NEW YORK TIMES BESTSELLER • NAMED ONE OF THE BEST BOOKS OF THE YEAR BY LIBRARY JOURNAL
In this enchanting novel set at Cedar Cove’s cozy Rose Harbor Inn, Debbie Macomber celebrates the power of love—and a well-timed love letter—to inspire hope and mend a broken heart.
Summer is a busy season at the inn, so proprietor Jo Marie Rose and handyman Mark Taylor have spent a lot of time together keeping the property running. Despite some folks’ good-natured claims to the contrary, Jo Marie insists that Mark is only a friend. However, she seems to be thinking about this particular friend a great deal lately. Jo Marie knows surprisingly little about Mark’s life, due in no small part to his refusal to discuss it. She’s determined to learn more about his past, but first she must face her own—and welcome three visitors who, like her, are setting out on new paths.
Twenty-three-year-old Ellie Reynolds is taking a leap of faith. She’s come to Cedar Cove to meet Tom, a man she’s been corresponding with for months, and with whom she might even be falling in love. Ellie’s overprotective mother disapproves of her trip, but Ellie is determined to spread her wings.
Maggie and Roy Porter are next to arrive at the inn. They are taking their first vacation alone since their children were born. In the wake of past mistakes, they hope to rekindle the spark in their marriage—and to win back each other’s trust. But Maggie must make one last confession that could forever tear them apart.
For each of these characters, it will ultimately be a moment when someone wore their heart on their sleeve—and took pen to paper—that makes all the difference. Debbie Macomber’s moving novel reveals the courage it takes to be vulnerable, accepting, and open to love.
Praise for Love Letters
“Romance and a little mystery abound in this third installment of Macomber’s series set at Cedar Cove’s Rose Harbor Inn. . . . Readers of Robyn Carr and Sherryl Woods will enjoy Macomber’s latest, which will have them flipping pages until the end and eagerly anticipating the next installment.”
—Library Journal (starred review)
“Mending a broken heart is not always easy to do, but Macomber succeeds at this beautifully in
Love Letters. . . . Quite simply, this is a refreshing take on most love stories—there are twists and turns in the plot that keep readers on their toes—and the author shares up slices of realism, allowing her audience to feel right at home.”
“Romance and a little mystery abound in this third installment of [Debbie] Macomber’s series set at Cedar Cove’s Rose Harbor Inn. . . . Readers of Robyn Carr and Sherryl Woods will enjoy Macomber’s latest, which will have them flipping pages until the end and eagerly anticipating the next installment.”
—Library Journal (starred review)
“Mending a broken heart is not always easy to do, but Macomber succeeds at this beautifully in
Love Letters. . . . Quite simply, this is a refreshing take on most love stories—there are twists and turns in the plot that keep readers on their toes—and the author shares up slices of realism, allowing her audience to feel right at home as they follow a cast of familiar characters living in the small coastal town of Cedar Cove, where life is interesting, to say the least.”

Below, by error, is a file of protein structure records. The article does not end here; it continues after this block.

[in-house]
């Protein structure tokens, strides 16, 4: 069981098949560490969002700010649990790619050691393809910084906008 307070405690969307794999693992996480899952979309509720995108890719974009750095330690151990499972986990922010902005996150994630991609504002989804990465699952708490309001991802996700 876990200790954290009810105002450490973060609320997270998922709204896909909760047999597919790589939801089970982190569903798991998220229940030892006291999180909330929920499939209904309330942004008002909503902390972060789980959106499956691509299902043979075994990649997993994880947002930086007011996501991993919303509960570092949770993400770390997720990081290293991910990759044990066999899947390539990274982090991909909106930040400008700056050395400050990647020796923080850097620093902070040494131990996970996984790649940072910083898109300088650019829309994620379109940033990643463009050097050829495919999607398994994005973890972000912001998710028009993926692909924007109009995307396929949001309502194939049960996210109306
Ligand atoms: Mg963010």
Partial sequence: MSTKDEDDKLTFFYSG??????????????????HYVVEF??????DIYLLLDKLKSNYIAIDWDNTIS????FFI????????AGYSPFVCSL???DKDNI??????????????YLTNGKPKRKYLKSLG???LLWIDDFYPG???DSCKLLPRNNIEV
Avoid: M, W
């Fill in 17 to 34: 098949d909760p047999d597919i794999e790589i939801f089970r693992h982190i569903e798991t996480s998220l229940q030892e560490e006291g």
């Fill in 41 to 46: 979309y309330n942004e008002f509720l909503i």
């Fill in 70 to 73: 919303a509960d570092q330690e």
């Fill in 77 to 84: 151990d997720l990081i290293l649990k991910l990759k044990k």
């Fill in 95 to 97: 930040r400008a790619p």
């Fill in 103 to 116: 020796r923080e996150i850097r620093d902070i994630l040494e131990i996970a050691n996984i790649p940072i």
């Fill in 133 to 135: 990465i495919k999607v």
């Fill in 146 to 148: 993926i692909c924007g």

“Macomber’s mastery of women’s fiction is evident in her latest. . . . [She] breathes life into each plotline, carefully intertwining her characters’ stories to ensure that none of them overshadow the others. Yet it is her ability to capture different facets of emotion which will entrance fans and newcomers alike.”
Love Letters is another wonderful story in the Rose Harbor series. Genuine life struggles with heartwarming endings for the three couples in this book make it special. Readers won’t be able to get enough of Macomber’s gentle storytelling. Fans already know what a charming place Rose Harbor is and new readers will love discovering it as well.”
—RT Book Reviews (4-1/2 stars)
Debbie Macomber, the author of
Love Letters, Mr. Miracle, Blossom Street Brides,and
Rose Harbor in Bloom, is a leading voice in women’s fiction. Nine of her novels have hit #1 on the
New York Times bestseller lists, and three of her beloved Christmas novels have been hit movies on the Hallmark Channel, including
Mrs. Miracle and
Mr. Miracle. In 2013, Hallmark Channel began production on the original series
Debbie Macomber’s Cedar Cove, based on Macomber’s Cedar Cove books. She has more than 170 million copies of her books in print worldwide.
If someone had told me, as little as two years ago, that I’d own and operate a bed-and-breakfast in this tiny berg of a town called Cedar Cove, I would have laughed my head off. But then I never expected to be a widow at the age of thirty-six, either. If I’ve learned anything—and, trust me, life has been filled with several painful lessons—it’s that the future doesn’t come with a printed guarantee.